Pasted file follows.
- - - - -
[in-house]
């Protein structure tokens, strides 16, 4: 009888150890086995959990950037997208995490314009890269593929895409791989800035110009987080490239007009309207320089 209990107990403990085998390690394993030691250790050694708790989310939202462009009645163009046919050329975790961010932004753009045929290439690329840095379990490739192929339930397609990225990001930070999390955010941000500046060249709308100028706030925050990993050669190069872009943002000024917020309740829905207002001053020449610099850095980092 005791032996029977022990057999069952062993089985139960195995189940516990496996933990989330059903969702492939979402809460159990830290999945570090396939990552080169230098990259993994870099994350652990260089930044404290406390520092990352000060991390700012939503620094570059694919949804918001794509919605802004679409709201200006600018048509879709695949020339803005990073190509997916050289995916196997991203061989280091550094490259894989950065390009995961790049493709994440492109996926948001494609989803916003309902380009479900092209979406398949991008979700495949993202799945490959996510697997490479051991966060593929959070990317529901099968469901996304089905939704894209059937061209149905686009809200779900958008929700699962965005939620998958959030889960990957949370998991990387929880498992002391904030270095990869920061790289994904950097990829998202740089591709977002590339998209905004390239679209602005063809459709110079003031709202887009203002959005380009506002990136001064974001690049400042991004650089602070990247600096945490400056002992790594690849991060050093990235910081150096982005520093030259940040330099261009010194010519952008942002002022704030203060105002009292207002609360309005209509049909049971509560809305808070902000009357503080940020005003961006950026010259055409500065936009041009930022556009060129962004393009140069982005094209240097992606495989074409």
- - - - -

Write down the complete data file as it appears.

[in-house]
């Protein structure tokens, strides 16, 4: 009888150890086995959990950037997208995490314009890269593929895409791989800035110009987080490239007009309207320089 209990107990403990085998390690394993030691250790050694708790989310939202462009009645163009046919050329975790961010932004753009045929290439690329840095379990490739192929339930397609990225990001930070999390955010941000500046060249709308100028706030925050990993050669190069872009943002000024917020309740829905207002001053020449610099850095980092 005791032996029977022990057999069952062993089985139960195995189940516990496996933990989330059903969702492939979402809460159990830290999945570090396939990552080169230098990259993994870099994350652990260089930044404290406390520092990352000060991390700012939503620094570059694919949804918001794509919605802004679409709201200006600018048509879709695949020339803005990073190509997916050289995916196997991203061989280091550094490259894989950065390009995961790049493709994440492109996926948001494609989803916003309902380009479900092209979406398949991008979700495949993202799945490959996510697997490479051991966060593929959070990317529901099968469901996304089905939704894209059937061209149905686009809200779900958008929700699962965005939620998958959030889960990957949370998991990387929880498992002391904030270095990869920061790289994904950097990829998202740089591709977002590339998209905004390239679209602005063809459709110079003031709202887009203002959005380009506002990136001064974001690049400042991004650089602070990247600096945490400056002992790594690849991060050093990235910081150096982005520093030259940040330099261009010194010519952008942002002022704030203060105002009292207002609360309005209509049909049971509560809305808070902000009357503080940020005003961006950026010259055409500065936009041009930022556009060129962004393009140069982005094209240097992606495989074409």